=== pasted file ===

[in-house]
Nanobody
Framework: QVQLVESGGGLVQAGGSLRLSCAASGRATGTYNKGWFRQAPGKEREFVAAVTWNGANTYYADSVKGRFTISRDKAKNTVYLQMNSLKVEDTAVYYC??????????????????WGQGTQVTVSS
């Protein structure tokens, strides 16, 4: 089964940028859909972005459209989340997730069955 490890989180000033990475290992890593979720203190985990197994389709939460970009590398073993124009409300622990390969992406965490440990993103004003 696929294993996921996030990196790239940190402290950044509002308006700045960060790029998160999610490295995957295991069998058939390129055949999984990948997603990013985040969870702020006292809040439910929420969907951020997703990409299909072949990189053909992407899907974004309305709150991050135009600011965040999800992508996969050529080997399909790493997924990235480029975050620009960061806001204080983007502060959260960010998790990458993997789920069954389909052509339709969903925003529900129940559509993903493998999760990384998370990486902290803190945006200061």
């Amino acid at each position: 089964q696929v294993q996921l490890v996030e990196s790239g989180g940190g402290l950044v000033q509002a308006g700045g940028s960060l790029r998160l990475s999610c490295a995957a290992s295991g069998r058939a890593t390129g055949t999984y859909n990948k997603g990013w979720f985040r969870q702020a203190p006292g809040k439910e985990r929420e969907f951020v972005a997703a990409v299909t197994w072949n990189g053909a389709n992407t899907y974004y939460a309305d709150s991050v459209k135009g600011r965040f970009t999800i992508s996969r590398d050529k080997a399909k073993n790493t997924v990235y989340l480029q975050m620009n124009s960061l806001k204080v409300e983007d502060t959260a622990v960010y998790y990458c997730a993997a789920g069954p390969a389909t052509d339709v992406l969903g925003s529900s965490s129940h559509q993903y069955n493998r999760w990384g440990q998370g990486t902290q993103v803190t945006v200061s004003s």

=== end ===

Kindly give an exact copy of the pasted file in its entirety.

[in-house]
Nanobody
Framework: QVQLVESGGGLVQAGGSLRLSCAASGRATGTYNKGWFRQAPGKEREFVAAVTWNGANTYYADSVKGRFTISRDKAKNTVYLQMNSLKVEDTAVYYC??????????????????WGQGTQVTVSS
């Protein structure tokens, strides 16, 4: 089964940028859909972005459209989340997730069955 490890989180000033990475290992890593979720203190985990197994389709939460970009590398073993124009409300622990390969992406965490440990993103004003 696929294993996921996030990196790239940190402290950044509002308006700045960060790029998160999610490295995957295991069998058939390129055949999984990948997603990013985040969870702020006292809040439910929420969907951020997703990409299909072949990189053909992407899907974004309305709150991050135009600011965040999800992508996969050529080997399909790493997924990235480029975050620009960061806001204080983007502060959260960010998790990458993997789920069954389909052509339709969903925003529900129940559509993903493998999760990384998370990486902290803190945006200061």
């Amino acid at each position: 089964q696929v294993q996921l490890v996030e990196s790239g989180g940190g402290l950044v000033q509002a308006g700045g940028s960060l790029r998160l990475s999610c490295a995957a290992s295991g069998r058939a890593t390129g055949t999984y859909n990948k997603g990013w979720f985040r969870q702020a203190p006292g809040k439910e985990r929420e969907f951020v972005a997703a990409v299909t197994w072949n990189g053909a389709n992407t899907y974004y939460a309305d709150s991050v459209k135009g600011r965040f970009t999800i992508s996969r590398d050529k080997a399909k073993n790493t997924v990235y989340l480029q975050m620009n124009s960061l806001k204080v409300e983007d502060t959260a622990v960010y998790y990458c997730a993997a789920g069954p390969a389909t052509d339709v992406l969903g925003s529900s965490s129940h559509q993903y069955n493998r999760w990384g440990q998370g990486t902290q993103v803190t945006v200061s004003s």